We have lived the age of the Sledgehammer! We have become bloated to the point of torpidity on the visual extravagance of extreme violence and cupidity served up by the brotherhood of film and television ostensibly in the name of ‘creativity’ and ‘art’, but in actuality, in the causes of greed and aggrandisement.
We now live in the age of the Voyeur! And yet the Sledgehammer persists! We have become more and more desensitised to the profound, yet often fleeting, sufferings and joys experienced by individuals during the course of their day in the simple act of living, of earning a desperately needed crust. We no longer register the subtle nuances of the human psyche. All is visual… “In yer face, dude!”… “Don’t ask me to think or to empathise, just let me gorge!”
Schadenfreude Rules OK!
We are becoming more and more excited by watching from the comfort of the couch, and ensconced in the security and privacy of one’s own nest, rude mechanicals exposing their inadequacies, both as actors and as human-beings, in masturbatory exercises in socio-futility. Is it then any wonder that Theatre audiences are diminishing and decaying?
The theatrical establishment is feeling this growing decay with great acuity, and in the effort of regeneration, nay, resurrection, is committing itself to noble acts of theatrical vandalism to persuade audiences away from it’s couches and back into the theatres. Has the notion of what constitutes ‘Theatre’ been redefined? Has the face of the contemporary audience evolved to the point where traditional conservative values have lost their relevancy?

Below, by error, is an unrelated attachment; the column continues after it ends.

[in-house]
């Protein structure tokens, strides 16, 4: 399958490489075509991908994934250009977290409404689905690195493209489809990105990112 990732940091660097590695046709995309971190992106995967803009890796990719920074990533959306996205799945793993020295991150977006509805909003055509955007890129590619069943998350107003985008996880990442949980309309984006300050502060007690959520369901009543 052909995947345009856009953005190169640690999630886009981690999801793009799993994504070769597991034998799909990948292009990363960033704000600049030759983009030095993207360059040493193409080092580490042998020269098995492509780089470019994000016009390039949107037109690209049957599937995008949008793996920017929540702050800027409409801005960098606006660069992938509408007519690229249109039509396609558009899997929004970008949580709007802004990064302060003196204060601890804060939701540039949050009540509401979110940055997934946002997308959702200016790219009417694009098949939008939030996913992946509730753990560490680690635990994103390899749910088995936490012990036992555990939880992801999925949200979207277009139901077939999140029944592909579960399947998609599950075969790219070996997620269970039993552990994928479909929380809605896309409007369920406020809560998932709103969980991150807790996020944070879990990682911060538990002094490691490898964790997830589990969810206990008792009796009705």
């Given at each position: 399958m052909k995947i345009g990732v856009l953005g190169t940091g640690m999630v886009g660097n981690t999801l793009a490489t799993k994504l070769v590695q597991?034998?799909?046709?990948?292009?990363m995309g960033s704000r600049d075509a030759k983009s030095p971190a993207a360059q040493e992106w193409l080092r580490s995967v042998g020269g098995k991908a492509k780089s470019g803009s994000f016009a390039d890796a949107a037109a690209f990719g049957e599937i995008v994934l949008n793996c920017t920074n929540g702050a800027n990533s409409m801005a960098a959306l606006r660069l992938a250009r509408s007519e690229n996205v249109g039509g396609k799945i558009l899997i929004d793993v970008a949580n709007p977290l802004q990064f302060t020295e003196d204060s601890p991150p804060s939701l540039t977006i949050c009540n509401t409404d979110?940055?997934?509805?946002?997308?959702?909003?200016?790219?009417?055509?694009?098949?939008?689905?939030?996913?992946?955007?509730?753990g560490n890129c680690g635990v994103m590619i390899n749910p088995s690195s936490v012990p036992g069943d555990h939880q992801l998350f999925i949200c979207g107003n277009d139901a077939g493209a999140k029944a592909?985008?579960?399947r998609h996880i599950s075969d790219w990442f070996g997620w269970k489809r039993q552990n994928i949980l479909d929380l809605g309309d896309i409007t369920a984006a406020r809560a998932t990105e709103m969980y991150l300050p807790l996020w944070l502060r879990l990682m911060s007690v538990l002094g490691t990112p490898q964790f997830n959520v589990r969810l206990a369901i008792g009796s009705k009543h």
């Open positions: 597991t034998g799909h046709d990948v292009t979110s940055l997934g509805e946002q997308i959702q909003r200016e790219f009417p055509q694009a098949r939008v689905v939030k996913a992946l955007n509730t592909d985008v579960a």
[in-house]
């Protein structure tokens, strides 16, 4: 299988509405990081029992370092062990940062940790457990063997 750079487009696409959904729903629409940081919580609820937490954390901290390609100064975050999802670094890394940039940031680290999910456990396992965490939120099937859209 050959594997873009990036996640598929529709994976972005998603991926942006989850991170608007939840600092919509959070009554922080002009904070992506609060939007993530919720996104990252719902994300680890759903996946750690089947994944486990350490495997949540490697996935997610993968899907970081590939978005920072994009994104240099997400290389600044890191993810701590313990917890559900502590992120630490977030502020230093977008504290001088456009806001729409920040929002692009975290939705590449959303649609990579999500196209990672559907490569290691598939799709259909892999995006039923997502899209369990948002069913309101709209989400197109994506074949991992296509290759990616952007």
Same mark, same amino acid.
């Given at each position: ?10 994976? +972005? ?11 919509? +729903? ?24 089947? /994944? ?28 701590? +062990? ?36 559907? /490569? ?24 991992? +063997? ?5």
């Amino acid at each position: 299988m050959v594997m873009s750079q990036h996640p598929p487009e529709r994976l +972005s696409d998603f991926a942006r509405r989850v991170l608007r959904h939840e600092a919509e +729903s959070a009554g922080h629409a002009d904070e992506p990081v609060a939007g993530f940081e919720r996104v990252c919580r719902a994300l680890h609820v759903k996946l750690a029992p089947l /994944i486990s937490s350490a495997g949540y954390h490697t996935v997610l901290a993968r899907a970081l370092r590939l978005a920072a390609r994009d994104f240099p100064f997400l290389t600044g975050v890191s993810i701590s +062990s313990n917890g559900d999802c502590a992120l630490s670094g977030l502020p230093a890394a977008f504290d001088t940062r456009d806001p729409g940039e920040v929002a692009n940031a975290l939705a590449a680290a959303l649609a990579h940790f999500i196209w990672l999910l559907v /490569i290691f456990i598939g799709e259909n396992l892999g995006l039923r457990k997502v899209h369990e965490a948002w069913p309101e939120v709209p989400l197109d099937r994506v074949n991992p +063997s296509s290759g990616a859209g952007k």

Of course, a little conservatism is no bad thing, since it keeps certain traditions alive which have value and can be relied upon when doing Chekhov revivals or Shakespeare. But contemporary audiences, and especially the young need, to see themselves in our work so that their tastes may be expressed. Notwithstanding their tastes may be spurious, such as the need to see a handsome movie actor in a classic, on the whole the youth of today has a sharp nose and knows when to keep away. Youth’s threshold of tolerance is not as high as those for whom theatre is also a means of assuaging cultural guilt – they do not need to go to the theatre.
We in the business of making ‘Theatre’ are defined by our audience, and if audiences cannot see their own faces in our work, then perhaps we have become the anachronism. The demoralising state of much of today’s theatre is so because it is not engaged by youthful vision but by the old linear world familiar to us all.
To encourage our audiences away from their couches and back into our theatres, to see our audiences change, we must approach theatre as a constant challenge… to engage the audience by continual experiment… to put the face of the audience back into our ‘Theatre’ without succumbing to the use of the ‘sledgehammer’ and ‘noble vandalism’, and rejecting the ideology of voyeurism and schadenfreude.
Bring back the Feather!
Toss the Sledgehammer!
CJ – April 2017